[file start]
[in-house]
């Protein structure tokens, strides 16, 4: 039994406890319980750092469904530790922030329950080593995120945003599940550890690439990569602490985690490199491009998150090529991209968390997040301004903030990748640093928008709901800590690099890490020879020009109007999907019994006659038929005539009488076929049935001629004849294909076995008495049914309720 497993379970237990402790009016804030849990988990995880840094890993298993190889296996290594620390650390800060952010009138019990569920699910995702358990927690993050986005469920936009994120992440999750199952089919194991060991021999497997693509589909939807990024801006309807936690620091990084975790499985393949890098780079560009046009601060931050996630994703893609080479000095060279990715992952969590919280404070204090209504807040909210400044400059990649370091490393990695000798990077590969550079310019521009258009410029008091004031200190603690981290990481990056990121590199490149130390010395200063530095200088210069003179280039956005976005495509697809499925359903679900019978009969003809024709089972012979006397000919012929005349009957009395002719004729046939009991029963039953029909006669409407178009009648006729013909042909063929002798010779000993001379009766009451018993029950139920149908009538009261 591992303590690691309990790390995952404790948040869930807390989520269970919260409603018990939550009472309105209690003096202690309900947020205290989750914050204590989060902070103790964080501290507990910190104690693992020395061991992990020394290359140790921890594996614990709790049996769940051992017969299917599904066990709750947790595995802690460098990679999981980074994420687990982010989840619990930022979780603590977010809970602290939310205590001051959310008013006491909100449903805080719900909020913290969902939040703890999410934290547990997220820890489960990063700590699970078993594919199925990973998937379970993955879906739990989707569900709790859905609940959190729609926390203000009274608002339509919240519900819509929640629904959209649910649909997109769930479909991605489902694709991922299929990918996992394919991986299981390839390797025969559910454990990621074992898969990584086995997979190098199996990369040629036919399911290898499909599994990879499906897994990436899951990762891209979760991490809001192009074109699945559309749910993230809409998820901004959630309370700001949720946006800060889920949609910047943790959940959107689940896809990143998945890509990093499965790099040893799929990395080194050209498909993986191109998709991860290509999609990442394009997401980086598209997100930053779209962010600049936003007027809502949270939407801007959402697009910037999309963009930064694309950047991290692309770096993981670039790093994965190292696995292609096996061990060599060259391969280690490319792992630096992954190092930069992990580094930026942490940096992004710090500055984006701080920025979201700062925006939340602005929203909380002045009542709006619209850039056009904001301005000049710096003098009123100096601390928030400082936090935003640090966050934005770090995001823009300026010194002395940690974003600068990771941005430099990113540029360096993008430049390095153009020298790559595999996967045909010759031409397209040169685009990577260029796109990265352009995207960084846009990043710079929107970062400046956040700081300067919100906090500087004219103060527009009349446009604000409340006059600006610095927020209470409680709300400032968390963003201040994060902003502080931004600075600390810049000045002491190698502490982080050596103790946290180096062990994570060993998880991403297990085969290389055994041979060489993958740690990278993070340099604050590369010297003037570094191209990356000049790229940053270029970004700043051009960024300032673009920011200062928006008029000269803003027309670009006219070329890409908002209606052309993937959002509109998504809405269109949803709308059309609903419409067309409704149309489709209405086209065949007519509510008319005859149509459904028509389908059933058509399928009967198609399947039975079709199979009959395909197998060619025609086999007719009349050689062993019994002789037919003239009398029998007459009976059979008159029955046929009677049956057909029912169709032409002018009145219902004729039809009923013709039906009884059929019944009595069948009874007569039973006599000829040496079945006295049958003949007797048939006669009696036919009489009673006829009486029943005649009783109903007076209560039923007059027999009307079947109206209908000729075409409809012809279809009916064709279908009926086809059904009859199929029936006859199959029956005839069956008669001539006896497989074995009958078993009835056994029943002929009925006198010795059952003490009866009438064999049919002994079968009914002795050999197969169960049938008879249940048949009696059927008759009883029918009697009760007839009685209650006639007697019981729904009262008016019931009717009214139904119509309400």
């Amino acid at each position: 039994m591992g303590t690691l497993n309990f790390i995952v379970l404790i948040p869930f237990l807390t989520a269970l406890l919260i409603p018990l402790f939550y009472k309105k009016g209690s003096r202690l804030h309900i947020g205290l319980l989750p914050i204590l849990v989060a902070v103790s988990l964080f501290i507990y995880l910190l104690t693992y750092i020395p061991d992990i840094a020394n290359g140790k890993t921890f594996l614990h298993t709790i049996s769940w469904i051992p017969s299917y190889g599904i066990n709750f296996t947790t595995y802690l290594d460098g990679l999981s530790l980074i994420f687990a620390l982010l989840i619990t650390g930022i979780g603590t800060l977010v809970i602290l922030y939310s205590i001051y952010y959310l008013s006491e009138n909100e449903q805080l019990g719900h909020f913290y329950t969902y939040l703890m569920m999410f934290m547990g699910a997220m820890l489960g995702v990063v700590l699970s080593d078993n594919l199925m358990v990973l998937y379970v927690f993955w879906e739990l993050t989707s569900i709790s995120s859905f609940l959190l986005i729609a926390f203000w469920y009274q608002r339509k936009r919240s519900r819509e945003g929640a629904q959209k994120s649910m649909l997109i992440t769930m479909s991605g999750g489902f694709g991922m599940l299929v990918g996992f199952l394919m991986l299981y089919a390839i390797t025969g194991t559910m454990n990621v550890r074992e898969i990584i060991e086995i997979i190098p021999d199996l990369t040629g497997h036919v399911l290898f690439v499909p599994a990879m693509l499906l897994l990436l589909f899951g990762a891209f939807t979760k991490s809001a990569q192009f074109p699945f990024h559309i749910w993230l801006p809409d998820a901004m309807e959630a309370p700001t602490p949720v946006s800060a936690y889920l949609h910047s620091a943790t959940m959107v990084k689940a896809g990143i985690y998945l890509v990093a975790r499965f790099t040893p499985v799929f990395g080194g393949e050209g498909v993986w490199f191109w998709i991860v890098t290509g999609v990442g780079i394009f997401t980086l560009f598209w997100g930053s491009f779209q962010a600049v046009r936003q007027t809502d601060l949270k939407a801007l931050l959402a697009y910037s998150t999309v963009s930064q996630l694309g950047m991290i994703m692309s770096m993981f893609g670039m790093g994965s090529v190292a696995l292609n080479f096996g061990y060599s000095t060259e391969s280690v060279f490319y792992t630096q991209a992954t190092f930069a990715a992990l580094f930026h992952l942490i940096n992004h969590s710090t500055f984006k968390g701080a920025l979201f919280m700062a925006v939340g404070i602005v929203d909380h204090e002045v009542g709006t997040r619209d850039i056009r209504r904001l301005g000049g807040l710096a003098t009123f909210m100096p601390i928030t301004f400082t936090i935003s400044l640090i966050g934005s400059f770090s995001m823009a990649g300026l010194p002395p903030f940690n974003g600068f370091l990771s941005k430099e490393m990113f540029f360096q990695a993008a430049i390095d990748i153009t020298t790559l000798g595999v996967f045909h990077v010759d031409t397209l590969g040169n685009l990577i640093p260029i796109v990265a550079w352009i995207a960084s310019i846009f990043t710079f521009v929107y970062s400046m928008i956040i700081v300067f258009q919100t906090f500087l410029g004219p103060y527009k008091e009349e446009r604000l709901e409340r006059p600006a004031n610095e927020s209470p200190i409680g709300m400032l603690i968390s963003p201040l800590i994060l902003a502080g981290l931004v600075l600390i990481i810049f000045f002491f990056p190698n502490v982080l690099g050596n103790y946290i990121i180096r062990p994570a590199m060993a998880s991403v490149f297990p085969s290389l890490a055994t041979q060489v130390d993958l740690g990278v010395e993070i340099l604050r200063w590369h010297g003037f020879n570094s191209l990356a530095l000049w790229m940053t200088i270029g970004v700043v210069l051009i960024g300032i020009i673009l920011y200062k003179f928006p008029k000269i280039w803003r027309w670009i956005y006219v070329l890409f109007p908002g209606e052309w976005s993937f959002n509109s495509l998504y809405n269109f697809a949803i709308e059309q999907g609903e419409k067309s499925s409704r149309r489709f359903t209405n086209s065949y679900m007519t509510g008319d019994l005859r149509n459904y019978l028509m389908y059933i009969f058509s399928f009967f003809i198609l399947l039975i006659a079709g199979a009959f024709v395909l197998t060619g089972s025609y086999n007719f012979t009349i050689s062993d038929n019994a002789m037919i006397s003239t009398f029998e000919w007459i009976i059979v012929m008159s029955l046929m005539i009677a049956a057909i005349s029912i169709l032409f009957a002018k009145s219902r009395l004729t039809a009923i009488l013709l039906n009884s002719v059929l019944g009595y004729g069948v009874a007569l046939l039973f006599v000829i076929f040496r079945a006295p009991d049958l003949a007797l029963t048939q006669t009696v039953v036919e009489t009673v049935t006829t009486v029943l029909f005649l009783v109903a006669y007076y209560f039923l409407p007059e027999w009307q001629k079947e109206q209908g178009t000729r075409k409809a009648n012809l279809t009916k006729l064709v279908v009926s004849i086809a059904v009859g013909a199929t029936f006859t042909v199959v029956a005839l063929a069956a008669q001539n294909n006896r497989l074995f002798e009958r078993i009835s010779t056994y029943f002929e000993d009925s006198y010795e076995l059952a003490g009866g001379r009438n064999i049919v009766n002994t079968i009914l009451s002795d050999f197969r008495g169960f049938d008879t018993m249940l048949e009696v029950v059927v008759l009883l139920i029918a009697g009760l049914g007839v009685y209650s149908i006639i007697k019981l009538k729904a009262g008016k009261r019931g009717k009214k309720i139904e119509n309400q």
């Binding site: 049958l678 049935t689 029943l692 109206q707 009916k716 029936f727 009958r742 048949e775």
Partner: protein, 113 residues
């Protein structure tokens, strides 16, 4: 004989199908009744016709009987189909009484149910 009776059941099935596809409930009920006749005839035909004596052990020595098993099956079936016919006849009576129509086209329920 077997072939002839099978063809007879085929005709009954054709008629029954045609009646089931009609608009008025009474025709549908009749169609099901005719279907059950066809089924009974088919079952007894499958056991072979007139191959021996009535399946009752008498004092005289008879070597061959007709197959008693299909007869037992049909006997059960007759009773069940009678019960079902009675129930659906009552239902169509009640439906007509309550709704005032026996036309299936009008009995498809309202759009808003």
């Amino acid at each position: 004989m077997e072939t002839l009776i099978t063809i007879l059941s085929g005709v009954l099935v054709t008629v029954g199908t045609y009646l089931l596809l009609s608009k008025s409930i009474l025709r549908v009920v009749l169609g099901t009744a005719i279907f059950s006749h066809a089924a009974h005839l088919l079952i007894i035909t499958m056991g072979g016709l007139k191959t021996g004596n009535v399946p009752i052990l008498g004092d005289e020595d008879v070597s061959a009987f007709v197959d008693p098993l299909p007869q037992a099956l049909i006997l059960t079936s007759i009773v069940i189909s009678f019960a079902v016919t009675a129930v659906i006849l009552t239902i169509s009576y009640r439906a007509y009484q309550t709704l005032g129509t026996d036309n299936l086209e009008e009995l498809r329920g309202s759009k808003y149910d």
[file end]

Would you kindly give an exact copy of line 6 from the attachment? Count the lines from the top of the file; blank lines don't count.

């Protein structure tokens, strides 16, 4: 004989199908009744016709009987189909009484149910 009776059941099935596809409930009920006749005839035909004596052990020595098993099956079936016919006849009576129509086209329920 077997072939002839099978063809007879085929005709009954054709008629029954045609009646089931009609608009008025009474025709549908009749169609099901005719279907059950066809089924009974088919079952007894499958056991072979007139191959021996009535399946009752008498004092005289008879070597061959007709197959008693299909007869037992049909006997059960007759009773069940009678019960079902009675129930659906009552239902169509009640439906007509309550709704005032026996036309299936009008009995498809309202759009808003």